You may have already noticed that using epsom salt as a craft medium is becoming more and more popular. It’s an inexpensive material that’s readily available at discount department stores and dollar stores. Epsom salt goes a long way and is perfect for creating pretty textures for all sorts of projects.
Two years ago I made these beautiful luminaries using epsom salt and food coloring. They quickly became very popular and have been shared generously throughout many forms of social media. I jumped on the bandwagon and started making different projects using epsom salt, but soon discovered that the gorgeous results I had found with my luminaries would be short lived. The salts eventually turned white and lost their pretty sheen.
At first I thought it was because of the salts coming in contact with the glue that caused the color change. Then I wondered if the heat from the candles inside the jars were causing the discoloration. That theory was shot down when I noticed some other projects I made that had no contact with heat had also turned white. As it turns out, over time the moisture from inside the salt crystals actually evaporates, leaving the chalky looking dry white salt. This would explain why epsom salt remains crystalized while inside its sealed package.
It wasn’t long afterward that the Epsom Salt Council reached out to me looking for a crafting expert to evaluate the validity of some of the epsom salt projects that were popping up everywhere. So I did a little experimenting and here’s what I’ve found:
Salt Crystals on Surfaces
If you are using epsom salt to cover a surface such as an ornament or a jar that will be exposed to the air, the salt will eventually dry out and turn white. Some examples of these types of projects include my Epsom Salt Luminaries, these glittery Easter Eggs, these Epsom Salt Ornaments and these snowflake ornies.
Other examples include this epsom salt covered candle, as well as these decorative wine bottles. All of these items will be exposed to air and within a few weeks the moisture from the salt will evaporate, leaving flaking, white salt.
That doesn’t mean you shouldn’t make them! Just keep in mind what will eventually happen and be prepared to treat these as temporary projects. Many people have asked about making my luminaries for their wedding and I have suggested that they be one of the last items they prepare so they won’t have to worry about the evaporation and color change. Another beautiful thing is that salt dissolves in water, so you can rinse off your project and reuse it for something else! I reused all of the jars that I originally used for my luminaries.
Science and Art
As far as crafting goes, epsom salt is a fun way to mix a little science with art, especially with kids. This article, How to Paint with Epsom Salts shows you how to create crystals on paper using a 1:1 ratio of boiling water and epsom salt. If you remember anything from science class, you may recall that a 1:1 ratio is not enough liquid to permanently dissolve the salt. This is how this project works. The salt will dissolve temporarily, but if allowed to sit for several hours, you will see salt begin to settle at the bottom of your container. You must have more water than salt for the salt to remain dissolved. Because of this, when you use a paintbrush to apply the salt water to colored construction paper, crystals will form on the paper as it dries. This is a fun project for children and a great way to teach a little science as well!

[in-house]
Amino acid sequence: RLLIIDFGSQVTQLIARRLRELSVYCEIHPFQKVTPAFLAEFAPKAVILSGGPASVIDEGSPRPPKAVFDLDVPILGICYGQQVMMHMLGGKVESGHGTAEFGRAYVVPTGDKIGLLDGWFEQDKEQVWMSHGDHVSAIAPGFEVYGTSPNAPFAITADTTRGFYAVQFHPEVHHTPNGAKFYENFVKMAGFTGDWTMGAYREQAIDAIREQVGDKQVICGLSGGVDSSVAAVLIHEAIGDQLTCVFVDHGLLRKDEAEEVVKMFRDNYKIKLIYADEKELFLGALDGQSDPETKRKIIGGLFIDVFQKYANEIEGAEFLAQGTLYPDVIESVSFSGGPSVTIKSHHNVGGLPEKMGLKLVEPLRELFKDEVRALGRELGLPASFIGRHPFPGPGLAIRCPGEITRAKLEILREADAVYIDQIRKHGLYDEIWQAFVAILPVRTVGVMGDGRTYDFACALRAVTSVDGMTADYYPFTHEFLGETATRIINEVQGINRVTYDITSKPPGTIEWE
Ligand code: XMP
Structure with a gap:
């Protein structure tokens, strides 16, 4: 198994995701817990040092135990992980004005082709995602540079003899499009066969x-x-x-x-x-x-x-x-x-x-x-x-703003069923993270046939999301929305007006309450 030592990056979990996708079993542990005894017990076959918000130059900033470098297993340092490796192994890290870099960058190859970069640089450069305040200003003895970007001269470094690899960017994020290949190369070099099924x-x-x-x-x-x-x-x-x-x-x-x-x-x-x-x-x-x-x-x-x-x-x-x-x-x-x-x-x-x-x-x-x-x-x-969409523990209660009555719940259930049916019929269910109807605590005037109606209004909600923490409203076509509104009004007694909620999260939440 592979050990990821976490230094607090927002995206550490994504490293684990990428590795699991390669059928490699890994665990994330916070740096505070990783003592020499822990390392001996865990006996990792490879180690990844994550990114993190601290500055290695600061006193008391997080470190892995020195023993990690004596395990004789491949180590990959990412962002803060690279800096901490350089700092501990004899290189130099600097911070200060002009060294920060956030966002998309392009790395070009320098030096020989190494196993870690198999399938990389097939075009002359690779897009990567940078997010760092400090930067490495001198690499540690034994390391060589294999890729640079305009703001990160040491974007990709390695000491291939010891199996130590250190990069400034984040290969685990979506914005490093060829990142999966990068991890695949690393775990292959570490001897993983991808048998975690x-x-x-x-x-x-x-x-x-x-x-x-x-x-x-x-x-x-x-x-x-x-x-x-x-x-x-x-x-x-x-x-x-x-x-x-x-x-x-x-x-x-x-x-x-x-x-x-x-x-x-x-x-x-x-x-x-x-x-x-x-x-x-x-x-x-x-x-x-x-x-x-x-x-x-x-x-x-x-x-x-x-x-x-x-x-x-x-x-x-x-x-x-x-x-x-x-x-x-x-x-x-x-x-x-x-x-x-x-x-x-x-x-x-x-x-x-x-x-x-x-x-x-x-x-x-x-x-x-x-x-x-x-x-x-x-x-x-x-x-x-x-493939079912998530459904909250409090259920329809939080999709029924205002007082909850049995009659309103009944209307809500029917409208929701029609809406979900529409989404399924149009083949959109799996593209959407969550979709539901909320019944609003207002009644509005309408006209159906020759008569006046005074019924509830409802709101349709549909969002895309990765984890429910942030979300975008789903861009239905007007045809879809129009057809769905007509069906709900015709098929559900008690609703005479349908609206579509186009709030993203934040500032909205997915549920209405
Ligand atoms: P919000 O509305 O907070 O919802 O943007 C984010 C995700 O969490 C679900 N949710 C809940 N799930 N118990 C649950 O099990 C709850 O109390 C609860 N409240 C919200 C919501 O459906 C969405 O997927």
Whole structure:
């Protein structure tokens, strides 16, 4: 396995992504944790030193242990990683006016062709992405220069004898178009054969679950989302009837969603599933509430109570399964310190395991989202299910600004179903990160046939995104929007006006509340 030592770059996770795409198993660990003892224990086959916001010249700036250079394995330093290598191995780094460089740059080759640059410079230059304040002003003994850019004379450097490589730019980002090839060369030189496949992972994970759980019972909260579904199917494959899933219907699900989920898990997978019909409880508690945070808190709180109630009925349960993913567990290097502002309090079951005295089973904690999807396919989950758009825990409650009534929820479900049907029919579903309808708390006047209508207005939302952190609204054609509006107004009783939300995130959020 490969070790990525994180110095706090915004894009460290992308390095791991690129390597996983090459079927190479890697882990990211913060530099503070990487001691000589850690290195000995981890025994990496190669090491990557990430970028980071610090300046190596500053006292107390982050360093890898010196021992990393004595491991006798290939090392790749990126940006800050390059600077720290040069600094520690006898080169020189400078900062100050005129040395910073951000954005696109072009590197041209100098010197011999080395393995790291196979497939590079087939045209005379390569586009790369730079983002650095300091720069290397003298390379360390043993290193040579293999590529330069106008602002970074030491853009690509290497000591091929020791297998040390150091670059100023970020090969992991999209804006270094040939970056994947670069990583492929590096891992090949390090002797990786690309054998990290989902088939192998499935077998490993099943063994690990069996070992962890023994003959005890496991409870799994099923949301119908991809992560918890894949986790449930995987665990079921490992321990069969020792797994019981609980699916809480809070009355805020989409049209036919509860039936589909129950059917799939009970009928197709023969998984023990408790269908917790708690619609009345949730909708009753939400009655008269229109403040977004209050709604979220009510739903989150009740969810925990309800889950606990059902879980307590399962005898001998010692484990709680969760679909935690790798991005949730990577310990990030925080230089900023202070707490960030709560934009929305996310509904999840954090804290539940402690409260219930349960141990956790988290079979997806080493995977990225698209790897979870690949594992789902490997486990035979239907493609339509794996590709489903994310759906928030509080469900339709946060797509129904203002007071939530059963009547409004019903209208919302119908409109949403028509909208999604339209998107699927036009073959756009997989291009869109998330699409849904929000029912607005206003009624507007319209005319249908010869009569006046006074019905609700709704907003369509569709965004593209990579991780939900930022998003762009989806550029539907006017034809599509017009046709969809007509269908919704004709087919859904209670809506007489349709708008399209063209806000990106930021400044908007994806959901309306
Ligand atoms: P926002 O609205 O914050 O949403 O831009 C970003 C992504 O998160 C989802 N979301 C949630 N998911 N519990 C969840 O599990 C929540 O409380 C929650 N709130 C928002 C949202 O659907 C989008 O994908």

I experimented with this same 1:1 solution that I had used on the paper and began brushing it onto a glass jar. The result after several coats, was a bumpy, snowlike texture. After allowing the jar to dry completely (overnight) I have been able to grip the jar firmly and turn it in my hands, rubbing the salt texture with my hands. The salts stays firmly in place and none of it flaked off. However, all it would take is running it under a faucet to remove the texture.
Along the same lines are these puffy snowflakes. Because the amount of salt is much higher than the amount of water, the salt does not dissolve, but does break down enough so that when applied to paper and allowed to dry, the salt will stick to the surface.
A Little More Permanent
Using epsom salt is a great way to add texture to your projects. A fun example of this are these Epsom Salt Star Jars I created for the 4th of July. By Applying the salt and then painting over them, the texture is sealed inside the paint. There’s no chance of the salts flaking off and no worry of them turning white either. This method could be applied to many different surfaces such as wood, canvas, and glass.
So go for it, craft with epsom salts. Just know that if the salts are exposed to air they will eventually turn white, most likely within a few weeks. For more information about using epsom salts for health, beauty and even in the garden, visit the Epsom Salt Council’s website.
By Amanda Formaro